Demos Shoe Review: PUMA Deviate NITRO 2

Shoe Review: PUMA Deviate NITRO 2


If you’ve only thought about PUMA as a skateboarding shoe, wake up and smell the race bibs—PUMA has recommitted itself to running and routinely made carbon-plated sneakers that are improving upon themselves model after model, line after line. We are thoroughly impressed by the Deviate Nitro 2, an excellent race shoe.

The third largest sportswear manufacturer in the world, PUMA has a fascinating backstory. They were a splinter German brand formed by the dissolution of two brothers relationships, which also created ADIDAS at the time—1948. Famously, PUMA outfitted Jesse Owens at the Berlin Summer Olympics of 1936 and, after Owens defied Hitler and every other decimated opponent, sales spiked in their racing shoes.

Eventually, the company spread out well beyond running and got into basketball early, making shoes for Walt Frazier before Michael Jordan turned 10-years-old. Comfortable, stylish and cutting edge, the Puma shoes enjoyed a cultural cache that made them equally at home in Vogue, Thrasher and Runner’s World magazines, all at the same time.

In Canada, PUMA remained committed to running, and their most famous sponsored athlete was Andre De Grasse, who just yesterday earned his first top three finish in the 100-metre dash, clocking 10:21 and, like all elite Canadian runners, eying the 2024 Paris Olympics.

Amongst mere mortals, PUMA has also reentered the running scene in Canada. Officially sponsoring the groundbreaking Toronto Women’s Run Series, now called the Puma Toronto Women’s Run Series, the brand has highlighted the need to get female-first designed shoes on as many women as possible. Recently they hosted a night at The Runners Shop with our own Sabrina Young amongst industry leaders discussing the role of women in sport.

All of which is to say: PUMA is back and the Deviate NITRO 2 is proof positive on the brand’s ability to deliver first-rate racing shoes. The shoe is light, responsive and sturdy. Sometimes shoes with the carbon-plate almost seem to flimsy to wear. I don’t want $300 shoes to fall apart on me after three long runs. The Deviate NITRO 2—with a heel-to-toe drop of 8mm—has a custom foam that gets the mix right between substantial and non-invasive. Certainly a race issue, it also stabilizes the midsole, which I appreciate after stretching beyond 25K.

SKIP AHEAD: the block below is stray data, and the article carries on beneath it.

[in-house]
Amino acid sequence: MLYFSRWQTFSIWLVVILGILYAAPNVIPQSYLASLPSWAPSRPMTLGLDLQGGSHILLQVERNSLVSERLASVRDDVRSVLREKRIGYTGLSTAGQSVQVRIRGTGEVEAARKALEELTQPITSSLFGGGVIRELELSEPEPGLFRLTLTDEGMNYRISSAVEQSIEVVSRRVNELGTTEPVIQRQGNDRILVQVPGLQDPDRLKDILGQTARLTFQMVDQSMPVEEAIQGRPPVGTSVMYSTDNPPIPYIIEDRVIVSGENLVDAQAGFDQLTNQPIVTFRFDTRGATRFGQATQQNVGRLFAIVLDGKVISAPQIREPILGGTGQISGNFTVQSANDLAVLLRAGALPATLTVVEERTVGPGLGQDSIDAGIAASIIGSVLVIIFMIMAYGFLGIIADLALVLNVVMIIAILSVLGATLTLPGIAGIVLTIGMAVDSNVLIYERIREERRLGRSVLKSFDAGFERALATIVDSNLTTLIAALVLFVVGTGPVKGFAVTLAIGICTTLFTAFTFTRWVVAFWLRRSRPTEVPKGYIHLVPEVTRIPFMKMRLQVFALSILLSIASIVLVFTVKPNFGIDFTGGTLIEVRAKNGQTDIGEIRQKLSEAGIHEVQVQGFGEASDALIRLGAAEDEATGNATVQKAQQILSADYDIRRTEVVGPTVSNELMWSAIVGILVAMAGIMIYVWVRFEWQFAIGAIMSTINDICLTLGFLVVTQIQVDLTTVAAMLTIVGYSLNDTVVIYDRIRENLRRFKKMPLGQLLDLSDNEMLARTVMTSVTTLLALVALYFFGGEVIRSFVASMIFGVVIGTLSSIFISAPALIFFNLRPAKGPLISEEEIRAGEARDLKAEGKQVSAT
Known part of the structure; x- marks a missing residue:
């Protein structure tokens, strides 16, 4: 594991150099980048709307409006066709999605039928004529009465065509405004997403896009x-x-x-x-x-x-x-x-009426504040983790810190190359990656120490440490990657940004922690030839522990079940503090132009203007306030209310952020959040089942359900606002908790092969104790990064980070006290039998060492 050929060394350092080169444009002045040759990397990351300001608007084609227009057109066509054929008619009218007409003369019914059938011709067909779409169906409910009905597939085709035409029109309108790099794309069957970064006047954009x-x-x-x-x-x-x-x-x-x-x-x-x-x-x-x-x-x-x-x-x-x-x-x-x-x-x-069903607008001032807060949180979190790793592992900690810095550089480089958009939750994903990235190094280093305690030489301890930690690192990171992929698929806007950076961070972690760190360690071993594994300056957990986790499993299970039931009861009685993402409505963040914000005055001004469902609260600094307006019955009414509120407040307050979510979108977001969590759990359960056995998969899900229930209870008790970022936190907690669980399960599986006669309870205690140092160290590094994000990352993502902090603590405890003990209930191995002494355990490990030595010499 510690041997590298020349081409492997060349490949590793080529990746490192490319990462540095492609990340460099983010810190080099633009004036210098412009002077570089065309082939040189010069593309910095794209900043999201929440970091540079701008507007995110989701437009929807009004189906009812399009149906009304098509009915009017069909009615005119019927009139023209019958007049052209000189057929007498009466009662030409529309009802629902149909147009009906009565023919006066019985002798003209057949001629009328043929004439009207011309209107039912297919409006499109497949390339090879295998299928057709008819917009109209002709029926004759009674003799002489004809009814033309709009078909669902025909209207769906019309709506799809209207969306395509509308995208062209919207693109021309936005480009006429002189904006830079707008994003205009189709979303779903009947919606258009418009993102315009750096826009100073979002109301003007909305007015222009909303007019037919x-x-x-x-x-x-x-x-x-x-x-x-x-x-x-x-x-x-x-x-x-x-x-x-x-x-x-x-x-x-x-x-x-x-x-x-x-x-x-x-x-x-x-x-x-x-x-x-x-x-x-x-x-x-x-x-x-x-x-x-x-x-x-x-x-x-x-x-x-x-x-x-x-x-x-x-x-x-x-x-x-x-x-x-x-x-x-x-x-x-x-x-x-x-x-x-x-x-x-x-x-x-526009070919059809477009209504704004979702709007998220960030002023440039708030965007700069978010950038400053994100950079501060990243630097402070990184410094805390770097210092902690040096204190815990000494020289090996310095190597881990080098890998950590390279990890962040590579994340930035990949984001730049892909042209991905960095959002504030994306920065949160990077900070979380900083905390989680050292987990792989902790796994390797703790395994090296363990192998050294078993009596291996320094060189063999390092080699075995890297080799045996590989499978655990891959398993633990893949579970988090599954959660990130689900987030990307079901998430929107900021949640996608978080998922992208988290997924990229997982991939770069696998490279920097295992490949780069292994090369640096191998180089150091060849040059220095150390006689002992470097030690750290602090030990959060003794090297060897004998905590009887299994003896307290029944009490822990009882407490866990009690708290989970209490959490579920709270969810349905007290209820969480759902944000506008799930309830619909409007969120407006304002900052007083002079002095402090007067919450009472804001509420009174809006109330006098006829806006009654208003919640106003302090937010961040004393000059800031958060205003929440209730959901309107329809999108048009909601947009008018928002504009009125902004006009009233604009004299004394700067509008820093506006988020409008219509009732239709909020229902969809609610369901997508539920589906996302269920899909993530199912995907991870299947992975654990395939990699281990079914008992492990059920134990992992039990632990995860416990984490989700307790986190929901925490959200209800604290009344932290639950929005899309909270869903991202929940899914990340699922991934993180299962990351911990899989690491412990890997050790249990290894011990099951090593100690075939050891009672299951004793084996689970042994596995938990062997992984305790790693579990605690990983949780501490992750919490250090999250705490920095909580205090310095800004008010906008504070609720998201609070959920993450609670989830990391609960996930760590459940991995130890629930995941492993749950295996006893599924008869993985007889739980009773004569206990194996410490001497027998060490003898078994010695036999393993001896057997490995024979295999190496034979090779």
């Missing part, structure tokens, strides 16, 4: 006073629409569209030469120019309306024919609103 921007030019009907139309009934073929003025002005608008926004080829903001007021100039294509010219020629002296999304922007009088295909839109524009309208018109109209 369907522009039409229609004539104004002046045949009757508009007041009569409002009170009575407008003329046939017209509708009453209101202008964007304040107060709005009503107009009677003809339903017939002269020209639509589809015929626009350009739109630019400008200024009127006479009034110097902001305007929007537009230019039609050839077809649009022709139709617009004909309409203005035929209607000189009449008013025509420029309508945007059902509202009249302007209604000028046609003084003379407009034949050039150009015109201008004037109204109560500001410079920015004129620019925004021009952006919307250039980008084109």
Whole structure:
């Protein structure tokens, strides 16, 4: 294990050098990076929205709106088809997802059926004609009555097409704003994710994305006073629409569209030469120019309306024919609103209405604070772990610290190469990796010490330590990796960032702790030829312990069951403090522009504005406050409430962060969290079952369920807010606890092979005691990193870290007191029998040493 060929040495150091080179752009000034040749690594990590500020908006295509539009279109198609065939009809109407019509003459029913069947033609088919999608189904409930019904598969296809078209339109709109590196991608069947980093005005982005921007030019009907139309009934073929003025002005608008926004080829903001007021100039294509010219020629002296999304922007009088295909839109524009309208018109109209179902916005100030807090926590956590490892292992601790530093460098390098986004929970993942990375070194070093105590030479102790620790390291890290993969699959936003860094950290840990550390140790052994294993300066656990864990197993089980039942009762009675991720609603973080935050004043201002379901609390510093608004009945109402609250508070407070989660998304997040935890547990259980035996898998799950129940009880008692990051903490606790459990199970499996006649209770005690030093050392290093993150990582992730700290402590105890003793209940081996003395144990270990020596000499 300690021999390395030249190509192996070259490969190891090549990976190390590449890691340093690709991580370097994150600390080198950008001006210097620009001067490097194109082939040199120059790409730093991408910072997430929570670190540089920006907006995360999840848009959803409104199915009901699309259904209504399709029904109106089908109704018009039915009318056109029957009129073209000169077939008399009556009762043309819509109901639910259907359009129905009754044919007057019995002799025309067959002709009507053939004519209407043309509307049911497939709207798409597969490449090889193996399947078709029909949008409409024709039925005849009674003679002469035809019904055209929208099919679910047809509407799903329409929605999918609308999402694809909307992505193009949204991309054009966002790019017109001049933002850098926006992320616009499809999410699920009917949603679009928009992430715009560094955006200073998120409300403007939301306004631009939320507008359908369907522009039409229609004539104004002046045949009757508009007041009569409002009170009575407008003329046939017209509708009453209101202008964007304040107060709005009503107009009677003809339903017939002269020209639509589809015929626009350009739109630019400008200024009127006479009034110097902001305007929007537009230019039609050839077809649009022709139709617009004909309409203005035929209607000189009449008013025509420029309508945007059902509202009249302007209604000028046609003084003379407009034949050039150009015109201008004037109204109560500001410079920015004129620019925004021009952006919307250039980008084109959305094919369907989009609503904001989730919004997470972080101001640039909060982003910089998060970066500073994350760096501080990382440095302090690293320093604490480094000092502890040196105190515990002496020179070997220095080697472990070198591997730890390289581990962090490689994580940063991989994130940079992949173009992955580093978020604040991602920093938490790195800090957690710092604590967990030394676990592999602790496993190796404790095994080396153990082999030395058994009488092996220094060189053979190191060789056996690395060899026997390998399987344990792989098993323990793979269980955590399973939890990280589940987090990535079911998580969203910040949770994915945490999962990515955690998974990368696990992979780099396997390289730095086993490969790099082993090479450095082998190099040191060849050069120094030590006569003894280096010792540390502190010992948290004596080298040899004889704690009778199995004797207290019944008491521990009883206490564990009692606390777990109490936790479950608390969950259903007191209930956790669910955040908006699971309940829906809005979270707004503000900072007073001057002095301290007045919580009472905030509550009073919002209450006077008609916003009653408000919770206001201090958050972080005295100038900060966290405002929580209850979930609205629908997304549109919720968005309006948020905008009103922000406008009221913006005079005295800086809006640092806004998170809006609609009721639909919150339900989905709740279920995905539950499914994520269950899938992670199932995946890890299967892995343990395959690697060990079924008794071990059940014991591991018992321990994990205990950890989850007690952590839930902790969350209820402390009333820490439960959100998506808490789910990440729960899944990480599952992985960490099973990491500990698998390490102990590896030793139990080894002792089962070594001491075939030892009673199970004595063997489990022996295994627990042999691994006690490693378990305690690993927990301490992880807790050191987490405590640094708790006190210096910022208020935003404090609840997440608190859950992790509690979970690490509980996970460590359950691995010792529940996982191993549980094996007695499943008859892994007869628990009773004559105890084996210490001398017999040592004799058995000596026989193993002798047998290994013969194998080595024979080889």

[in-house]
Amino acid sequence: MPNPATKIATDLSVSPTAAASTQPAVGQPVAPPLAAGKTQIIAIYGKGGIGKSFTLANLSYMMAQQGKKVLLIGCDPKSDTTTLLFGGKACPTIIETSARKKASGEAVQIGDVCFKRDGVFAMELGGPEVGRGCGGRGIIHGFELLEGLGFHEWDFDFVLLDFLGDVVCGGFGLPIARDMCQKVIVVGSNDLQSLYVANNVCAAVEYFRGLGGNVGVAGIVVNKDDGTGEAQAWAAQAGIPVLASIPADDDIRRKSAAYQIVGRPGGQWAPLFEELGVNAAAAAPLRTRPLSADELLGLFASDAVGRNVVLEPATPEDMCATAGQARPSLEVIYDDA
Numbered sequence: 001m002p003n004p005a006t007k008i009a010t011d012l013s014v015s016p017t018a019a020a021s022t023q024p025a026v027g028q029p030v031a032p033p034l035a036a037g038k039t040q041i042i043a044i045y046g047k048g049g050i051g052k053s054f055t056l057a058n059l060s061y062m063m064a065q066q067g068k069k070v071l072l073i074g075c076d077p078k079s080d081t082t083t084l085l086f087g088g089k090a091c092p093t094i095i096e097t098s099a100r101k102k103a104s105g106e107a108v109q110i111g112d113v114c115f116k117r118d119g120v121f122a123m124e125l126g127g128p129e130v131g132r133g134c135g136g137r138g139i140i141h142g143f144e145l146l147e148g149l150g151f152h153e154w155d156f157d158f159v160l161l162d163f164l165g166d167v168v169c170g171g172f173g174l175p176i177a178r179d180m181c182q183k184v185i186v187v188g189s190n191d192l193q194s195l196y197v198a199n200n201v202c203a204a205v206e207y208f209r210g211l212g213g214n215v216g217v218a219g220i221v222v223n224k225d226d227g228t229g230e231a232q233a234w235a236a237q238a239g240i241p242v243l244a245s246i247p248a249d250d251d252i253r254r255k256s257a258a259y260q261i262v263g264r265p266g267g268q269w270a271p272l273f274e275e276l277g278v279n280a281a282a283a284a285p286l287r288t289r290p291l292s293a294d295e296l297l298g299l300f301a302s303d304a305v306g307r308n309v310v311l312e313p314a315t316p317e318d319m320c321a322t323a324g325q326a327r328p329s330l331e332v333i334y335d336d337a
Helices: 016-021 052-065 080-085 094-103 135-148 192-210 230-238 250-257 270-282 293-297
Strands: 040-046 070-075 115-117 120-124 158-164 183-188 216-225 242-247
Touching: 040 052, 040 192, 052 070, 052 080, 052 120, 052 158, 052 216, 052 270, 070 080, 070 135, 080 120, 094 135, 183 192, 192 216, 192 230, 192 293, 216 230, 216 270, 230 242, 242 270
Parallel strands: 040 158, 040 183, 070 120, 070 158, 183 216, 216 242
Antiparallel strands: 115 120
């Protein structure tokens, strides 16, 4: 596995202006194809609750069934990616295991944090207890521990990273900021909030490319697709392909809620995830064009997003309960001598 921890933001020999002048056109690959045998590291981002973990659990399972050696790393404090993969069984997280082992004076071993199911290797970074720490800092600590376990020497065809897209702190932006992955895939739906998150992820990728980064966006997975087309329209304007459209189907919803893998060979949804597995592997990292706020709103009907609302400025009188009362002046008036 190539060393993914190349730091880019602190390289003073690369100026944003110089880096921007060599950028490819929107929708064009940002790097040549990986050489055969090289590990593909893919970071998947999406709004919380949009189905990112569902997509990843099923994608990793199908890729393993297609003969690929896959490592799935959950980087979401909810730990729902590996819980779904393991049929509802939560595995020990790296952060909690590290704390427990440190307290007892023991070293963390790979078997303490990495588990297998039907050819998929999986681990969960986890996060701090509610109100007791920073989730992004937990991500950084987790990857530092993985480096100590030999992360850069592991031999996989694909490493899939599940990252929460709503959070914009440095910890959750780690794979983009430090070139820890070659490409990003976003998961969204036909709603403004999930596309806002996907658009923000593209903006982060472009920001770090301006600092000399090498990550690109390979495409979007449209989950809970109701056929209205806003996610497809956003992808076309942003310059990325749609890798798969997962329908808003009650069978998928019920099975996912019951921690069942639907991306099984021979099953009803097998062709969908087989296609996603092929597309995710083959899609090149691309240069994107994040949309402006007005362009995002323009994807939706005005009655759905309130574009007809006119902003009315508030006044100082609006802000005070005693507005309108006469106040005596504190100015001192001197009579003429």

The shoes I tried had a special black-and-yellow colour pattern to mark the company’s 75th birthday, but all editions maintain the brand’s trademark cool. It’s good to have another brand in the mix making elite racing shoes and it’s nice to see a carbon-plated sneaker priced at $260. (Their top of the line model, the Fast R Nitro Elite, pictured below, retails for $350; as expected, it looks like it’s out of Star Wars).

Speaking to the company, I understand that PUMA intends on sticking with running in Canada for the long haul and that there’s more shoe innovations—and race series sponsorship—on the horizon.

My running partner, upon seeing my Deviate NITRO shoes, mentioned that he didn’t know PUMA made running shoes. Perhaps after more runners try these sneakers, and the company continues making noise—and Mr. De Grasse is able to recreate his 2016 Olympic magic—that won’t happen again.

For more information on the resurgent Puma, see